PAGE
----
I welcome the opportunity to update Ariadne readers on progress with Intute. Angela Joyce, Jackie Wickham, Phil Cross and Chris Stephens follow up on contributions from Debra Hiom  and Caroline Williams  in order to describe Intute's ongoing Integration Project, which is promoting and developing integration of Intute content in the UK academic library community. The authors explain how Intute has responded to the ways in which people now access information influenced by the changes brought about by the evolution of the Web, including Web 2.0 technologies. In their article Intute Integration they look at the rationale behind the project, the integration methods offered, technical issues, a case study, uptake, challenges presented, and future plans.
Developments in the ways in which users access information underlie Nick Lewis' contribution on Implementing Ex Libris's PRIMO at the University of East Anglia. Nick points out that 'The problem Primo looks to solve is the overwhelming evidence that users are preferring other search, retrieval and delivery services over the library catalogue and subscribed institutional resources. The reasons for preferring search engines like Google include ease and speed of use, relevance-ranked results, few authentication challenges, and what can be described as the overall aesthetic experience.' He goes on to address the debate about which strategy to adopt when seeking to provide a useful and used search interface to people so used themselves to the likes of Google and Facebook. Nick provides a summary of Ex Libris' adopted strategy within this rolling debate and how, he contends, Primo goes beyond the provison of a library catalogue.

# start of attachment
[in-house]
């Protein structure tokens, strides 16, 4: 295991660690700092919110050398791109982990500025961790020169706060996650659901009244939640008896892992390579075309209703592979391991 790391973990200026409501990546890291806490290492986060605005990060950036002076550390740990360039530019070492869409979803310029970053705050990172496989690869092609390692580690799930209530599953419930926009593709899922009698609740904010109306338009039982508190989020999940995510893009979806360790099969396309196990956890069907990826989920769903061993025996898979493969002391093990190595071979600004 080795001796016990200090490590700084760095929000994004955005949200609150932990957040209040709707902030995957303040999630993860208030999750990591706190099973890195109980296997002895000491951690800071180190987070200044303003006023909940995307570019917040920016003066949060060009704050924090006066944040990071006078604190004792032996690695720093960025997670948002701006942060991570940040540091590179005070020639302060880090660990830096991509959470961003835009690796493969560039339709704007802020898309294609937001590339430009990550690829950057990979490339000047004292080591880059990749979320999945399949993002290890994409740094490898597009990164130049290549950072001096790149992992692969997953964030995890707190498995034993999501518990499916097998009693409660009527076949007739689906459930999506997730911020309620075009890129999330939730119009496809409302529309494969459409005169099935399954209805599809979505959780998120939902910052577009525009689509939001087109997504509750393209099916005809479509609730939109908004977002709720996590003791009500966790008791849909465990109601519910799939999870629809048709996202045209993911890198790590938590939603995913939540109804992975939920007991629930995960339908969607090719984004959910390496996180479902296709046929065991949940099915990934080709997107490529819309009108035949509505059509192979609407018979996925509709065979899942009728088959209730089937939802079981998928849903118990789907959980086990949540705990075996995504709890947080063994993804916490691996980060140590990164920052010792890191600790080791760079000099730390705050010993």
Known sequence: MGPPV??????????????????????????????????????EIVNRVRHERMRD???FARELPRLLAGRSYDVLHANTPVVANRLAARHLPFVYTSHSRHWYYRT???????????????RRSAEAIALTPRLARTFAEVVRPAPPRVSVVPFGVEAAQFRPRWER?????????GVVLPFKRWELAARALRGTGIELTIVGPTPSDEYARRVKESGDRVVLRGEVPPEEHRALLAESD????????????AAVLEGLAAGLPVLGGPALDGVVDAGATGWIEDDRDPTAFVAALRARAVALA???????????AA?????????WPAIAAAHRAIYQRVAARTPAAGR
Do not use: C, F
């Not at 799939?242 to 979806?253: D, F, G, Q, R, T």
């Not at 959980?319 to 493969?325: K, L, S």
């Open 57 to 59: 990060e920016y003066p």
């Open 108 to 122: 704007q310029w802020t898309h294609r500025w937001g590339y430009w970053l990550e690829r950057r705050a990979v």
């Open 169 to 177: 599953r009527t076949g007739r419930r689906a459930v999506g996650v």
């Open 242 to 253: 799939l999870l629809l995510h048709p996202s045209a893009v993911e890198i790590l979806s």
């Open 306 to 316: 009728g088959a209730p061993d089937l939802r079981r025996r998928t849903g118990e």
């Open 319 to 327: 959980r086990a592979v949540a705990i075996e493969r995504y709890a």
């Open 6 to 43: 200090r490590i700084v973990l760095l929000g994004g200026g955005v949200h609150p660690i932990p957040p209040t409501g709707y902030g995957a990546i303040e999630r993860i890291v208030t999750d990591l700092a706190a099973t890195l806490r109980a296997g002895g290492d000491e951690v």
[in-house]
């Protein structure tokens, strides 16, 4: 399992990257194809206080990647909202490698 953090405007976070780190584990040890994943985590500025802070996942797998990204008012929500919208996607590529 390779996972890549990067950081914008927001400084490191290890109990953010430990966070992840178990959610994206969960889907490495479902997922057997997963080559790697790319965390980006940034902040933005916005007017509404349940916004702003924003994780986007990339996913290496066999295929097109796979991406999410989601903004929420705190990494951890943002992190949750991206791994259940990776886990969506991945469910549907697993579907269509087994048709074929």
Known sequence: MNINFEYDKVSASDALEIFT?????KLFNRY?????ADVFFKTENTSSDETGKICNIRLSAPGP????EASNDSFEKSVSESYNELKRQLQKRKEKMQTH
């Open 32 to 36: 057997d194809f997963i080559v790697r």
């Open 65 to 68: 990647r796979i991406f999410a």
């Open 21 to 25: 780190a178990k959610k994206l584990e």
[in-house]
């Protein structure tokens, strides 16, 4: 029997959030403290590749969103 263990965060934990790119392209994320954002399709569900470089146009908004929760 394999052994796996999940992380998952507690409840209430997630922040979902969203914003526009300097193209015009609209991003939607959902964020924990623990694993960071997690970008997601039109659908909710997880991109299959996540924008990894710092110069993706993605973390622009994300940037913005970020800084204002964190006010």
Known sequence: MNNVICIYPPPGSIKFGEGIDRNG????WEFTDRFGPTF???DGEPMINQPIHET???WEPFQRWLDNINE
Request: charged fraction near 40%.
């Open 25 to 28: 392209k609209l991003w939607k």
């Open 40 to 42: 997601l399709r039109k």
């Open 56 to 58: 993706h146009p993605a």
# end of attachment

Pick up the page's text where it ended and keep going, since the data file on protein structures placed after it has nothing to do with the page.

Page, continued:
John MacColl also mentions the increased use of Web 2.0 and other applications in the daily round of information seeking, discovery and use by researchers. He describes the position in which the adoption of Web applications currently places research libraries and information services. In Research Libraries and the Power of the Co-operative he also describes how OCLC Programs and Research, formerly the Research Libraries Group, is working to benefit research libraries and their users, and how co-operation is central to providing access to reliable high-quality content in a networked manner.
Having referred to such search engines in his previous columns, Phil Bradley has kindly agreed to go into more detail for our benefit in Custom-built Search Engines. While search engines ought readily to be described these days as 'legion' (particularly if you have been following Phil's many contributions on the topic), I find it highly instructive to realise that 'search engines can only do so much, and unfortunately that's a good deal less than we imagine.' In presenting this rationale for custom-built engines, Phil also provides us with a number of reasons why the most heavily adopted systems do not necessarily serve their users as well as the latter might think. In explaining the benefits of custom-built search engines, Phil also provides us with a further means of determining our own usage as well as strengthening the quality and relevance of the results we receive.
As usual, we offer our At the Event section, as well as reviews on works covering winning strategies for success in public libraries, the individual and society in the digital age, new ways to understand the emotions of users provided by the US information behaviour community, research into computerisation movements and practical guidance on managing software projects. In addition of course we provide our expanded section of news and events.
I hope you will enjoy Issue 55.